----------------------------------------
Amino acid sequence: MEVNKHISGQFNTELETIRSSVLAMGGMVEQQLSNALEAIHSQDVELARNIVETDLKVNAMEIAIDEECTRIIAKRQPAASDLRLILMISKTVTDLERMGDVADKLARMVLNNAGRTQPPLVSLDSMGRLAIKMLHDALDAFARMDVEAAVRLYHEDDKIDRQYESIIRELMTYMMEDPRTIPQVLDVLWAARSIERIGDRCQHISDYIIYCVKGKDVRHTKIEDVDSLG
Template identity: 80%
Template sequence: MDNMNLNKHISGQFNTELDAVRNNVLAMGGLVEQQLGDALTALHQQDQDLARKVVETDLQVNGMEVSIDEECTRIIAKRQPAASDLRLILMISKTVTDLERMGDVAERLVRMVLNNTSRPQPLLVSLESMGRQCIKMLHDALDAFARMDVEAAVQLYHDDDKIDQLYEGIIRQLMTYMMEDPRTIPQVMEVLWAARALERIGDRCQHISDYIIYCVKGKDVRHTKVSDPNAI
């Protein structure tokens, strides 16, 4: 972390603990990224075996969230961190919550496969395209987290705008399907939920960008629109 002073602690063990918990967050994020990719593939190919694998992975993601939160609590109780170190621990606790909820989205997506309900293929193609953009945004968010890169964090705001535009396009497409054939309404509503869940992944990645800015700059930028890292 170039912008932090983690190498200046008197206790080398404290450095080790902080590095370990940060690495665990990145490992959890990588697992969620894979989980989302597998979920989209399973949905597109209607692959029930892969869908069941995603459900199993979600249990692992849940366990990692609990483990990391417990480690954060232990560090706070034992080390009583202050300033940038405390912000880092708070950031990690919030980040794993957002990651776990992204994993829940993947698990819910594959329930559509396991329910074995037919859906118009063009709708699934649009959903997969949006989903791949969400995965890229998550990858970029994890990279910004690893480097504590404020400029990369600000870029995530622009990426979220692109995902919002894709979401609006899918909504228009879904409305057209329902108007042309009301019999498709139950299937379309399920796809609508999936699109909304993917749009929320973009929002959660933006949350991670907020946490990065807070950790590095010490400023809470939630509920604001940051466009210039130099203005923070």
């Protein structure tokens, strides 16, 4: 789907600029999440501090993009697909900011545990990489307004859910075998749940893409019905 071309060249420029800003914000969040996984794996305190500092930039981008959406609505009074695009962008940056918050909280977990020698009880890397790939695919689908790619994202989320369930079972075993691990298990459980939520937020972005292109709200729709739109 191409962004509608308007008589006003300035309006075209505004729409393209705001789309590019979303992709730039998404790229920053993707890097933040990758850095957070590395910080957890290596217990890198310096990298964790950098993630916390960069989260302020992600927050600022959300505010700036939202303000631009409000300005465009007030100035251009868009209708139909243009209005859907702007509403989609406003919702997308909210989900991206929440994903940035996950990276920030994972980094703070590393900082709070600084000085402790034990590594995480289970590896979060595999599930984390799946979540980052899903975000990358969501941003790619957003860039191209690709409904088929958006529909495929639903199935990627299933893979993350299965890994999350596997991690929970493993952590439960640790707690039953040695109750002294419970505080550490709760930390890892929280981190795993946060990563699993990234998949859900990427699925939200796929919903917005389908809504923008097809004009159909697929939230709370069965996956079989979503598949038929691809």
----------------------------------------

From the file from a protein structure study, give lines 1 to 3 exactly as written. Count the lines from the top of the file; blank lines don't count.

Amino acid sequence: MEVNKHISGQFNTELETIRSSVLAMGGMVEQQLSNALEAIHSQDVELARNIVETDLKVNAMEIAIDEECTRIIAKRQPAASDLRLILMISKTVTDLERMGDVADKLARMVLNNAGRTQPPLVSLDSMGRLAIKMLHDALDAFARMDVEAAVRLYHEDDKIDRQYESIIRELMTYMMEDPRTIPQVLDVLWAARSIERIGDRCQHISDYIIYCVKGKDVRHTKIEDVDSLG
Template identity: 80%
Template sequence: MDNMNLNKHISGQFNTELDAVRNNVLAMGGLVEQQLGDALTALHQQDQDLARKVVETDLQVNGMEVSIDEECTRIIAKRQPAASDLRLILMISKTVTDLERMGDVAERLVRMVLNNTSRPQPLLVSLESMGRQCIKMLHDALDAFARMDVEAAVQLYHDDDKIDQLYEGIIRQLMTYMMEDPRTIPQVMEVLWAARALERIGDRCQHISDYIIYCVKGKDVRHTKVSDPNAI